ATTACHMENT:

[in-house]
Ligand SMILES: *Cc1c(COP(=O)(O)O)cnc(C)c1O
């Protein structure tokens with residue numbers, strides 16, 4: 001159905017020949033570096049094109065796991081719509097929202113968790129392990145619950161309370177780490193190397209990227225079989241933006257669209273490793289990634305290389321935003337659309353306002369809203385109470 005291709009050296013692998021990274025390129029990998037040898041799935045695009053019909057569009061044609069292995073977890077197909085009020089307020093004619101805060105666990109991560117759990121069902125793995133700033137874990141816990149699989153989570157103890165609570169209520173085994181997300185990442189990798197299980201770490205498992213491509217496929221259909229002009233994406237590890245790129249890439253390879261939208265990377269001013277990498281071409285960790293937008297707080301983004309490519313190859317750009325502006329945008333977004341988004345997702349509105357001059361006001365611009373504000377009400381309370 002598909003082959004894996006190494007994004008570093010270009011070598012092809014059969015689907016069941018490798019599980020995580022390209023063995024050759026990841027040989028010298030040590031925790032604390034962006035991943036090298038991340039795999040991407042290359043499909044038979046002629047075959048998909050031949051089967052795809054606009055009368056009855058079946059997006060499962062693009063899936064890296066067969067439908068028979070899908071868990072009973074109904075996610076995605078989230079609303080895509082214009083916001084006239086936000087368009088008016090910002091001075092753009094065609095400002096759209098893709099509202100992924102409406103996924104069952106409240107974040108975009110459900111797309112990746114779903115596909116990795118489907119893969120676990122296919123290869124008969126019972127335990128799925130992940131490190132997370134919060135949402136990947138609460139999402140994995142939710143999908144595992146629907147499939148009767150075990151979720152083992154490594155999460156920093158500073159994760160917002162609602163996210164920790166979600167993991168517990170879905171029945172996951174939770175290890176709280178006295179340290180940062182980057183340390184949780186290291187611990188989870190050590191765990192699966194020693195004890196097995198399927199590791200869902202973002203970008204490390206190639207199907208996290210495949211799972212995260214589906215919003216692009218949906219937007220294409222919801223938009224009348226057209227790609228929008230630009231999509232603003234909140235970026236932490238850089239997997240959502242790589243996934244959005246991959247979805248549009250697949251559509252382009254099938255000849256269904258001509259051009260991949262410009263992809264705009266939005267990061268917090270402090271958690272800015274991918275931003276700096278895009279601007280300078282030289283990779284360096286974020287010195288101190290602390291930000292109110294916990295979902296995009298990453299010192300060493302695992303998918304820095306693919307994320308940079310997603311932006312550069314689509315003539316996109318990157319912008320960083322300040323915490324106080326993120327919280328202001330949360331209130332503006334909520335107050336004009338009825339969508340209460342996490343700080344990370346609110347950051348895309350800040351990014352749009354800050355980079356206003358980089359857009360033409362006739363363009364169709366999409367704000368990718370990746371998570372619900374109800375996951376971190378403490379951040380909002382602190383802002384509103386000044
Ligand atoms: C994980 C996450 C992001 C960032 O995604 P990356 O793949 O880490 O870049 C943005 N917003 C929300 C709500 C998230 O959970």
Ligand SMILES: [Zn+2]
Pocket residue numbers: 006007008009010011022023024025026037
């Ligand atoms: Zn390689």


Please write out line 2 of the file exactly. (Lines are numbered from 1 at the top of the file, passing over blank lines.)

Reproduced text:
Ligand SMILES: *Cc1c(COP(=O)(O)O)cnc(C)c1O